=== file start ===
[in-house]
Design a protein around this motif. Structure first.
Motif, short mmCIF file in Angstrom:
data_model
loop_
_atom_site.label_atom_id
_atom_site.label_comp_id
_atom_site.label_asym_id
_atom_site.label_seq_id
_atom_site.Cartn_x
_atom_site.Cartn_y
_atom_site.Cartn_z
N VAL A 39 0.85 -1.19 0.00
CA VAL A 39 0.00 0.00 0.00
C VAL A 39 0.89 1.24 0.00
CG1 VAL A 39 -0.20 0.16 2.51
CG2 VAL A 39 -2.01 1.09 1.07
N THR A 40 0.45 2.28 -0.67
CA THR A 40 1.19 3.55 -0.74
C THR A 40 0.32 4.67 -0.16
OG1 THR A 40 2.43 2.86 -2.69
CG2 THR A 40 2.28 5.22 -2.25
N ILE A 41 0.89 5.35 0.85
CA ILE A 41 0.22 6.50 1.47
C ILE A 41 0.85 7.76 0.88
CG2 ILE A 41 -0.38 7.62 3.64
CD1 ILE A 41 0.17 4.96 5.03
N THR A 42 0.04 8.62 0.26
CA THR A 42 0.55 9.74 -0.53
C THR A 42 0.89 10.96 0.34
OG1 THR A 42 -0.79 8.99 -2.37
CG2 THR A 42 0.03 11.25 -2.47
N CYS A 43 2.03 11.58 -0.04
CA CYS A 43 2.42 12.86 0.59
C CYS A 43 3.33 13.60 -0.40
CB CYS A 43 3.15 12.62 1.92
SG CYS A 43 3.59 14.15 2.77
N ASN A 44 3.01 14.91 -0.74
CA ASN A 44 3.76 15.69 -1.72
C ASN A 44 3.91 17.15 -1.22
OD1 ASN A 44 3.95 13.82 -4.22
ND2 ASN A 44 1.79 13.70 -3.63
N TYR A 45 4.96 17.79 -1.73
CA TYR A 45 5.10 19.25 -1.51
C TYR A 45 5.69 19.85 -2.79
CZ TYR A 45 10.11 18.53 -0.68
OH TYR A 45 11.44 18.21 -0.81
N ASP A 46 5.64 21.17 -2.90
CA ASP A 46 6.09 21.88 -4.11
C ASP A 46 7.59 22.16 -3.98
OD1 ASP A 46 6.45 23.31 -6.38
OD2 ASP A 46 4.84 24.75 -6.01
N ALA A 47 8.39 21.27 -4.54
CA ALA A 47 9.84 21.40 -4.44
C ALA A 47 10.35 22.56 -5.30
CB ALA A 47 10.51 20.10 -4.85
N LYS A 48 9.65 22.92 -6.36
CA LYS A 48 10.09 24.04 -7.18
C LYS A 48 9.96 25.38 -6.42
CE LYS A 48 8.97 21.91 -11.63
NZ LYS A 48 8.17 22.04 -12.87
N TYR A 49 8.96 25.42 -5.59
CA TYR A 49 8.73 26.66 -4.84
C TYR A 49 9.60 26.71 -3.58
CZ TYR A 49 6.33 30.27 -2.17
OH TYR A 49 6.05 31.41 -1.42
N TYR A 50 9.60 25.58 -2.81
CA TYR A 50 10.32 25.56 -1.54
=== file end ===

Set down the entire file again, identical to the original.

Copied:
[in-house]
Design a protein around this motif. Structure first.
Motif, short mmCIF file in Angstrom:
data_model
loop_
_atom_site.label_atom_id
_atom_site.label_comp_id
_atom_site.label_asym_id
_atom_site.label_seq_id
_atom_site.Cartn_x
_atom_site.Cartn_y
_atom_site.Cartn_z
N VAL A 39 0.85 -1.19 0.00
CA VAL A 39 0.00 0.00 0.00
C VAL A 39 0.89 1.24 0.00
CG1 VAL A 39 -0.20 0.16 2.51
CG2 VAL A 39 -2.01 1.09 1.07
N THR A 40 0.45 2.28 -0.67
CA THR A 40 1.19 3.55 -0.74
C THR A 40 0.32 4.67 -0.16
OG1 THR A 40 2.43 2.86 -2.69
CG2 THR A 40 2.28 5.22 -2.25
N ILE A 41 0.89 5.35 0.85
CA ILE A 41 0.22 6.50 1.47
C ILE A 41 0.85 7.76 0.88
CG2 ILE A 41 -0.38 7.62 3.64
CD1 ILE A 41 0.17 4.96 5.03
N THR A 42 0.04 8.62 0.26
CA THR A 42 0.55 9.74 -0.53
C THR A 42 0.89 10.96 0.34
OG1 THR A 42 -0.79 8.99 -2.37
CG2 THR A 42 0.03 11.25 -2.47
N CYS A 43 2.03 11.58 -0.04
CA CYS A 43 2.42 12.86 0.59
C CYS A 43 3.33 13.60 -0.40
CB CYS A 43 3.15 12.62 1.92
SG CYS A 43 3.59 14.15 2.77
N ASN A 44 3.01 14.91 -0.74
CA ASN A 44 3.76 15.69 -1.72
C ASN A 44 3.91 17.15 -1.22
OD1 ASN A 44 3.95 13.82 -4.22
ND2 ASN A 44 1.79 13.70 -3.63
N TYR A 45 4.96 17.79 -1.73
CA TYR A 45 5.10 19.25 -1.51
C TYR A 45 5.69 19.85 -2.79
CZ TYR A 45 10.11 18.53 -0.68
OH TYR A 45 11.44 18.21 -0.81
N ASP A 46 5.64 21.17 -2.90
CA ASP A 46 6.09 21.88 -4.11
C ASP A 46 7.59 22.16 -3.98
OD1 ASP A 46 6.45 23.31 -6.38
OD2 ASP A 46 4.84 24.75 -6.01
N ALA A 47 8.39 21.27 -4.54
CA ALA A 47 9.84 21.40 -4.44
C ALA A 47 10.35 22.56 -5.30
CB ALA A 47 10.51 20.10 -4.85
N LYS A 48 9.65 22.92 -6.36
CA LYS A 48 10.09 24.04 -7.18
C LYS A 48 9.96 25.38 -6.42
CE LYS A 48 8.97 21.91 -11.63
NZ LYS A 48 8.17 22.04 -12.87
N TYR A 49 8.96 25.42 -5.59
CA TYR A 49 8.73 26.66 -4.84
C TYR A 49 9.60 26.71 -3.58
CZ TYR A 49 6.33 30.27 -2.17
OH TYR A 49 6.05 31.41 -1.42
N TYR A 50 9.60 25.58 -2.81
CA TYR A 50 10.32 25.56 -1.54